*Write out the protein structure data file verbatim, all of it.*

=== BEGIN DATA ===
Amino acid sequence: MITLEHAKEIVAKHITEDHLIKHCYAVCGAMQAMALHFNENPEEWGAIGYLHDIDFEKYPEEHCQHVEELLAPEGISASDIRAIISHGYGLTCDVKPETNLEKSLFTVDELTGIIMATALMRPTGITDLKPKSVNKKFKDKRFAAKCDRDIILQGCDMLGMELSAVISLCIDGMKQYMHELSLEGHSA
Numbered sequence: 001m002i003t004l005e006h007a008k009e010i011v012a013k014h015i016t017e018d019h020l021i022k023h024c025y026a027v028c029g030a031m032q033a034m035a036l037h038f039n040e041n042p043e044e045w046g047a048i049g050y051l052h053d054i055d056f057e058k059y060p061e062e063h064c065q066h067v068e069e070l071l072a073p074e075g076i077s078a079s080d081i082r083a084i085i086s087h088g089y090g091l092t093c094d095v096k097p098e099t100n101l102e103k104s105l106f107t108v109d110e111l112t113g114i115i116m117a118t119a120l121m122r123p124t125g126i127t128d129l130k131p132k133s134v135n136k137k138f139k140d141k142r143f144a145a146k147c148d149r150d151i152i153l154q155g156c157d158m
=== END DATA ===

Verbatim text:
Amino acid sequence: MITLEHAKEIVAKHITEDHLIKHCYAVCGAMQAMALHFNENPEEWGAIGYLHDIDFEKYPEEHCQHVEELLAPEGISASDIRAIISHGYGLTCDVKPETNLEKSLFTVDELTGIIMATALMRPTGITDLKPKSVNKKFKDKRFAAKCDRDIILQGCDMLGMELSAVISLCIDGMKQYMHELSLEGHSA
Numbered sequence: 001m002i003t004l005e006h007a008k009e010i011v012a013k014h015i016t017e018d019h020l021i022k023h024c025y026a027v028c029g030a031m032q033a034m035a036l037h038f039n040e041n042p043e044e045w046g047a048i049g050y051l052h053d054i055d056f057e058k059y060p061e062e063h064c065q066h067v068e069e070l071l072a073p074e075g076i077s078a079s080d081i082r083a084i085i086s087h088g089y090g091l092t093c094d095v096k097p098e099t100n101l102e103k104s105l106f107t108v109d110e111l112t113g114i115i116m117a118t119a120l121m122r123p124t125g126i127t128d129l130k131p132k133s134v135n136k137k138f139k140d141k142r143f144a145a146k147c148d149r150d151i152i153l154q155g156c157d158m